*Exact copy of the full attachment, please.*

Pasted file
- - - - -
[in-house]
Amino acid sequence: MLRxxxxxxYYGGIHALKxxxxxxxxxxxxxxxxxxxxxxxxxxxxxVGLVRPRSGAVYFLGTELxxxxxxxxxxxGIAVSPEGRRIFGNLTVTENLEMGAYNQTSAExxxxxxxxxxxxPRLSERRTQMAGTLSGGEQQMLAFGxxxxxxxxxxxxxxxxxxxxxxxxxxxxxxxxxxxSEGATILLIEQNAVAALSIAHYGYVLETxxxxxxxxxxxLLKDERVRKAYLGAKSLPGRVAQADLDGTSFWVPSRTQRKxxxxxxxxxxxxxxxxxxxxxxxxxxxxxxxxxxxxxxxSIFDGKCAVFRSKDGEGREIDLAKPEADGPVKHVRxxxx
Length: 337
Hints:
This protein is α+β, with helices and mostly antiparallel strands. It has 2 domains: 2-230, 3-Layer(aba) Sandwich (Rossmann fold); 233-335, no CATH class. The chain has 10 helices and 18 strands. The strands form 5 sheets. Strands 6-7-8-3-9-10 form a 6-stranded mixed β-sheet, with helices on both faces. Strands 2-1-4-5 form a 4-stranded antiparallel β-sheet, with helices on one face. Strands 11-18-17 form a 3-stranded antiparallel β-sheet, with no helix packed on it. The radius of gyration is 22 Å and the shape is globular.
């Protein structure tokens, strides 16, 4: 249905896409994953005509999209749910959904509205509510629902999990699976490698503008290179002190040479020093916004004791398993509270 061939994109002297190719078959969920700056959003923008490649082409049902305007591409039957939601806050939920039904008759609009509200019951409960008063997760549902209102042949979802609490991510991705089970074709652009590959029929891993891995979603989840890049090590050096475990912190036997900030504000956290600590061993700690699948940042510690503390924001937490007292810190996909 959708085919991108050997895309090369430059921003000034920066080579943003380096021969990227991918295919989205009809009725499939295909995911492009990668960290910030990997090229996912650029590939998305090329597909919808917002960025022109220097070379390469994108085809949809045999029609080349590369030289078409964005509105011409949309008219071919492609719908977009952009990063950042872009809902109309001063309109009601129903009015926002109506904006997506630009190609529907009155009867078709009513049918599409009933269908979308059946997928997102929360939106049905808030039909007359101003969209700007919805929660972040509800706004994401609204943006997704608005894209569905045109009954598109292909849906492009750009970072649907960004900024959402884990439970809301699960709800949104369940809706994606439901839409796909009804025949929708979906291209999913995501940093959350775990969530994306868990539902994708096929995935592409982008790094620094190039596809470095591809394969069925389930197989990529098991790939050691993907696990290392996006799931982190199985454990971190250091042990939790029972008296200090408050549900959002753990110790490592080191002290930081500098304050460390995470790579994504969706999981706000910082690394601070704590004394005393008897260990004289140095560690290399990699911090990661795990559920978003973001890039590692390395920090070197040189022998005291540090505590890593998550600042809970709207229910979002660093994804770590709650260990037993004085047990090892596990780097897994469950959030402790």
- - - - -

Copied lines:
[in-house]
Amino acid sequence: MLRxxxxxxYYGGIHALKxxxxxxxxxxxxxxxxxxxxxxxxxxxxxVGLVRPRSGAVYFLGTELxxxxxxxxxxxGIAVSPEGRRIFGNLTVTENLEMGAYNQTSAExxxxxxxxxxxxPRLSERRTQMAGTLSGGEQQMLAFGxxxxxxxxxxxxxxxxxxxxxxxxxxxxxxxxxxxSEGATILLIEQNAVAALSIAHYGYVLETxxxxxxxxxxxLLKDERVRKAYLGAKSLPGRVAQADLDGTSFWVPSRTQRKxxxxxxxxxxxxxxxxxxxxxxxxxxxxxxxxxxxxxxxSIFDGKCAVFRSKDGEGREIDLAKPEADGPVKHVRxxxx
Length: 337
Hints:
This protein is α+β, with helices and mostly antiparallel strands. It has 2 domains: 2-230, 3-Layer(aba) Sandwich (Rossmann fold); 233-335, no CATH class. The chain has 10 helices and 18 strands. The strands form 5 sheets. Strands 6-7-8-3-9-10 form a 6-stranded mixed β-sheet, with helices on both faces. Strands 2-1-4-5 form a 4-stranded antiparallel β-sheet, with helices on one face. Strands 11-18-17 form a 3-stranded antiparallel β-sheet, with no helix packed on it. The radius of gyration is 22 Å and the shape is globular.
């Protein structure tokens, strides 16, 4: 249905896409994953005509999209749910959904509205509510629902999990699976490698503008290179002190040479020093916004004791398993509270 061939994109002297190719078959969920700056959003923008490649082409049902305007591409039957939601806050939920039904008759609009509200019951409960008063997760549902209102042949979802609490991510991705089970074709652009590959029929891993891995979603989840890049090590050096475990912190036997900030504000956290600590061993700690699948940042510690503390924001937490007292810190996909 959708085919991108050997895309090369430059921003000034920066080579943003380096021969990227991918295919989205009809009725499939295909995911492009990668960290910030990997090229996912650029590939998305090329597909919808917002960025022109220097070379390469994108085809949809045999029609080349590369030289078409964005509105011409949309008219071919492609719908977009952009990063950042872009809902109309001063309109009601129903009015926002109506904006997506630009190609529907009155009867078709009513049918599409009933269908979308059946997928997102929360939106049905808030039909007359101003969209700007919805929660972040509800706004994401609204943006997704608005894209569905045109009954598109292909849906492009750009970072649907960004900024959402884990439970809301699960709800949104369940809706994606439901839409796909009804025949929708979906291209999913995501940093959350775990969530994306868990539902994708096929995935592409982008790094620094190039596809470095591809394969069925389930197989990529098991790939050691993907696990290392996006799931982190199985454990971190250091042990939790029972008296200090408050549900959002753990110790490592080191002290930081500098304050460390995470790579994504969706999981706000910082690394601070704590004394005393008897260990004289140095560690290399990699911090990661795990559920978003973001890039590692390395920090070197040189022998005291540090505590890593998550600042809970709207229910979002660093994804770590709650260990037993004085047990090892596990780097897994469950959030402790």